the French Committee of National Liberation 
must continue to be subject to the military re- 
quirements of the Allied commanders. 

The Government of the United States takes 
note, with sympathy, of the desire of the Com- 
mittee to be regarded as the body qualified to 
insure the administration and defense of French 
interests. The extent to which it may be pos- 



sible to give effect to this desire must however 
be reserved for consideration in each case as it 

On these understandings the Government 
of the United States recognizes the French Com- 
mittee of National Liberation as administering 
those French overseas territories •which ac- 
knowledge its authority. 

This statement does not constitute recogni- 
tion of a government of France or of the French 
Empire by the Government of the United States. 

It does constitute recognition of the French 
Committee of National Liberation as function- 

ing within specific limitations during the war. 
Later on the people of France, in a free and un- 
trammeled manner, will proceed in due course 
to select their own government and their own 
officials to administer it. 

The Government of the United States wel- 
comes the Committee's expressed determination 
to continue the common struggle in close cooper- 
ation with all the Allies until French soil is 
freed from its invaders and until victory is com- 
l^lete over all enemy powers. 

May the restoration of France come with the 
utmost speed. 


[Released to the press August 2S] 

In speaking tonight on the radio program of 
the Commission to Study the Organization of 
Peace I am especially glad to be associated with 
the public-spirited exploratory work of that 
body. Mankind learns something from experi- 
ence, but the memory of man is short and he is 
ten'ibly pi'one to repeat old errors. The mis- 
takes made at Versailles and afterward must 
■not he made again. To guard against those 
mistakes we need a public opinion enlightened 
by incisive thought and study, and to further 
that study is the fundamental purpose of the 
commission under whose auspices this program 
is presented jointly with the National Broad- 
casting Company. 

I shall speak briefly tonight on two points: 
First, our war with Japan ; second, what shall be 
done with Japan when we have attained com- 
plete and final victory? Please note that I do 
not say "if" but "when". Military Japan, 
without any shadow of doubt in my mind, is 
definitely doomed. 

' Delivered on Aug. 28 by the Honorable Joseph C. 
Grew, who is now Special Assistant to the Secretary of 
State, on the weekly program "For This We Fight" 
under the auspices of the Commission to Study the 
Organization of Peace. 

As to the first point, people all over our coun- 
try have asked me and still are asking: How 
long will it take to defeat Japan? Well, we 
have heard a good many different views on 
that subject. Some, perhaps many, of our peo- 
ple still indulge in the old wishful thinking: 
"When we really get around to the Japs we'll 
mop them up quickly enough." I might sug- 
gest here that ever since Pearl Harbor we've 
been "getting around" to the Japanese, as a few 
brilliant incidents in the Coral Sea, at Midway, 
on Guadalcanal, on Attu, in the Gulf of Kula, 
at Munda, at Salamaua and several other places 
would seem to attest. On the other hand, Sec- 
retary linox has stated that our best naval and 
military brains are now planning for battles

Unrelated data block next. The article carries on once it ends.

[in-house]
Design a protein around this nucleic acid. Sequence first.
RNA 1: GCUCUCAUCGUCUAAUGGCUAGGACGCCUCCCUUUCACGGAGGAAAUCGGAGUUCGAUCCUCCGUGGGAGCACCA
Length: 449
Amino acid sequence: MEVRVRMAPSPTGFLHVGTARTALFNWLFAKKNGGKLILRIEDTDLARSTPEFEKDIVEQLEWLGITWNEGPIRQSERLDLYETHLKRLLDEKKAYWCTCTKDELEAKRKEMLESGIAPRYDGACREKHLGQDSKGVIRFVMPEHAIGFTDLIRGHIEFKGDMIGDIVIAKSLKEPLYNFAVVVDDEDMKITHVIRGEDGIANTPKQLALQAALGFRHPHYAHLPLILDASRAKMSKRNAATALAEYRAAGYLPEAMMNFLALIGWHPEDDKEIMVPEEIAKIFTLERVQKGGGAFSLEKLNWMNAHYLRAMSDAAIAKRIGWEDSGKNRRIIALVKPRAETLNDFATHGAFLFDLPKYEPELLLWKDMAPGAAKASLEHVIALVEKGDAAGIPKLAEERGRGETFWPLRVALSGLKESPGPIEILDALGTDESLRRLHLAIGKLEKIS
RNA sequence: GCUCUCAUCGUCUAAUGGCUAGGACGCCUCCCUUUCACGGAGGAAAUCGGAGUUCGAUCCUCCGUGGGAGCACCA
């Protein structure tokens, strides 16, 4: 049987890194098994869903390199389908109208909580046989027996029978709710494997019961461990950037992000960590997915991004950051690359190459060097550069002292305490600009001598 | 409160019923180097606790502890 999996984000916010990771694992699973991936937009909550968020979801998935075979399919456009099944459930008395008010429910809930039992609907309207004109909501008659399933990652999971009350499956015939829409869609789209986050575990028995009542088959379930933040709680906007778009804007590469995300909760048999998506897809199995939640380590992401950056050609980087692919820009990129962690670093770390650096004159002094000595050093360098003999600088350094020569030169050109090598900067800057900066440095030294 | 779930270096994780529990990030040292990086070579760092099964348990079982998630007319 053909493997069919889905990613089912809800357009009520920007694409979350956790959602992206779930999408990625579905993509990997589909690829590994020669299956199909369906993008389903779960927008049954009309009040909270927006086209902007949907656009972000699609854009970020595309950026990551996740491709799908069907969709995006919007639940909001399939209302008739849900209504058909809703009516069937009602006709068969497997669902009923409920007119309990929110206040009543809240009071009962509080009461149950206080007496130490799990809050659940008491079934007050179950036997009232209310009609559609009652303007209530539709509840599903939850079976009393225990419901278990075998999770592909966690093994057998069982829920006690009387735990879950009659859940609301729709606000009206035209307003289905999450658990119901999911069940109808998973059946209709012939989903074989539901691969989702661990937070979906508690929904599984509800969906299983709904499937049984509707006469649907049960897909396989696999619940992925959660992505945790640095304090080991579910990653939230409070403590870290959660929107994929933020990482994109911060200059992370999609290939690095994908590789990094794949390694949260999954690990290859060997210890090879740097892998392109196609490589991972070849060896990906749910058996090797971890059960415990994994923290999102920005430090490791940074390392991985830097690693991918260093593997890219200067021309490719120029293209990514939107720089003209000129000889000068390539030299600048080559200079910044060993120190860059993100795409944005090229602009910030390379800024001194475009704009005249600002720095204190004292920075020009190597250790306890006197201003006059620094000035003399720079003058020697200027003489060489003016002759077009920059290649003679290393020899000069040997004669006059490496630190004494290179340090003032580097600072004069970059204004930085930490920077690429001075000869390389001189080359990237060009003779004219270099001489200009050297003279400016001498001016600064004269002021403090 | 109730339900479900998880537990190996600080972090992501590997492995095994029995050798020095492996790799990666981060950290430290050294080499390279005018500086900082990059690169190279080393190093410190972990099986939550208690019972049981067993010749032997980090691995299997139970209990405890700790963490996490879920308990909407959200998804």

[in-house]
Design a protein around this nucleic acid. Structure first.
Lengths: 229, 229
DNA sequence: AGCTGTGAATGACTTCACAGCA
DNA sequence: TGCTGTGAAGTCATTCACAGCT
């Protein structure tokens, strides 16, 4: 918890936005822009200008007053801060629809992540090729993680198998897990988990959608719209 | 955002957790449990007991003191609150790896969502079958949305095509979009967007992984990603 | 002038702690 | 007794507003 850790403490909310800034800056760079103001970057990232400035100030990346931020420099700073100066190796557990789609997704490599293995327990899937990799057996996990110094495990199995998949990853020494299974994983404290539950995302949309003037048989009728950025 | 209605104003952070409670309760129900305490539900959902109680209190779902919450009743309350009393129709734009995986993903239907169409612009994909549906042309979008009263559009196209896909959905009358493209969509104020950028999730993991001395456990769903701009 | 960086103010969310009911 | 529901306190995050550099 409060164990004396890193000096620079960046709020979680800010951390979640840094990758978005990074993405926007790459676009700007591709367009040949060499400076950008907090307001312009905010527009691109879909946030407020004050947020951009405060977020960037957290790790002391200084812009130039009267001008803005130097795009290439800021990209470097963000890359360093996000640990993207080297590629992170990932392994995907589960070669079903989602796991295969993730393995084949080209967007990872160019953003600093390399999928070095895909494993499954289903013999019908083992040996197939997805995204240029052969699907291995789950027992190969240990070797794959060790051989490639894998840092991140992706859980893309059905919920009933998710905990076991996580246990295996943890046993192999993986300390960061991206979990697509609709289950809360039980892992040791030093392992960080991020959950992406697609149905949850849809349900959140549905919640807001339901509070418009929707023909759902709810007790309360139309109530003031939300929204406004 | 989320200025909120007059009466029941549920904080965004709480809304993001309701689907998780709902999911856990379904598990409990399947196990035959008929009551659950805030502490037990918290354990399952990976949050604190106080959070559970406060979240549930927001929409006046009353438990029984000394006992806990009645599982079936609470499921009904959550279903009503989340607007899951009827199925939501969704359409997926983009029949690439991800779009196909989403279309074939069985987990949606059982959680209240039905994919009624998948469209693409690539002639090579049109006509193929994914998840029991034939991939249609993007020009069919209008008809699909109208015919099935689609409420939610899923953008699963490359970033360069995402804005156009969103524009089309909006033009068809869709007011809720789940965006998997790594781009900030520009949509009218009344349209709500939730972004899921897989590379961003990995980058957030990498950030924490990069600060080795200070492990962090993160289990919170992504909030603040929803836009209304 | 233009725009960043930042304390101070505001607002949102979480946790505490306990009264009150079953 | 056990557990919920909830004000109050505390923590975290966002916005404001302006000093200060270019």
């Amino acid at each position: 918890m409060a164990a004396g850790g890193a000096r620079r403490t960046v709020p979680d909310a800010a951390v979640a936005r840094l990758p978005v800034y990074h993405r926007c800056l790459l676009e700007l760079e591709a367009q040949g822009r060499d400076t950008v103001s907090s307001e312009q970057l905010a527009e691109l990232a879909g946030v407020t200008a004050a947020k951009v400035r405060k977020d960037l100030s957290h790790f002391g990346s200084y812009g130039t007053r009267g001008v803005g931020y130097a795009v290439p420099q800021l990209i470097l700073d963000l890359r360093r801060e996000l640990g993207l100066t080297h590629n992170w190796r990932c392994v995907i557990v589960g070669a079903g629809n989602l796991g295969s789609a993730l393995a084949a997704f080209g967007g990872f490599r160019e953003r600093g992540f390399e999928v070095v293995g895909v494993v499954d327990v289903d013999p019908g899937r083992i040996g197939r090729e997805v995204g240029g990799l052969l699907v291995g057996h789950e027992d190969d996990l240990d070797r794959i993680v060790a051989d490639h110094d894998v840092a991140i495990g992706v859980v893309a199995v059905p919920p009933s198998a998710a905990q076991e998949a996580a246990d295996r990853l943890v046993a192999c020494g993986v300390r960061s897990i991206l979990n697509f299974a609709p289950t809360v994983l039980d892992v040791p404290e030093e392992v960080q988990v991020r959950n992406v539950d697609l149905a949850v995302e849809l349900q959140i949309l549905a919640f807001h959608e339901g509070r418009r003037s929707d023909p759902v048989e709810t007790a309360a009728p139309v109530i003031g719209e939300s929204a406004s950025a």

which may have to be fought in 1949. He added 
that it need not last that long and that we can 
win before that time but we can assure our- 
selves that this war will last even longer if our 
efforts to win it are sabotaged by those who 
carelessh' believe that it has already been won. 
"This war," he said, "will last until 1949 and 
longer if the home front fails to back up our 
men in battle." 

To that view I heartily subscribe. 

Recent news has been heartening. In every 
arm — in the air, on land, at sea — we have con- 

AUGUST 28, 1943 


clusively shown our superiority over the Jap- 
anese forces. The process of attrition by wliich 
we are constantly whittling down their man- 
power, their planes, their warships, their sup- 
ply vessels, and their power to produce steadily 
proceeds. But let us not forget that the Jap- 
anese — on Attu, at Munda, and elsewhere — ^liave 
shown themselves to be fanatical, last-ditch 
fighters; capture or sun-ender represents to 
them the depth of shame by which they, their 
families, their ancestors, and their Emperor are 
disgraced. Mr. Ralph Knight, editor of the 
Post-Star of Glens Falls, N. Y., points out that 
our campaign against Munda airport proceeded 
at the rate of a few yards a day and that Tokyo 
is about 5,300,000 yards from Mundaj. "We 
leave for debate," he writes, "the proposition of 
■whether the water which intervenes is an ad- 
vantage or a disadvantage to the doughboy. 
The salient point is that the doughboy still has 
the rest of the way to go." Other routes to 
Tokyo will no doubt be used in due course, but 
I think we have little ground as yet for believ- 
. ing that our final victory over Japan, even after 
the European end of the Axis has been elimi- 
nated, can be quickly aclueved. We must sedu- 
lously guard against wishful thinking, un- 
founded optimism, and smug complacency. We 
cannot afford, any of us, to relax for a single 
moment our all-out, steadily accelerating wax 

Now, what shall be done with Japan after we 
have achieved final victory? Here again a 
good many imponderable factors enter into the 
problem. Among these factors will of course be 
the extent of the impact on the Japanese people 
of their losses, their defeat, and their final un- 
conditional surrender, as well as the attitude to-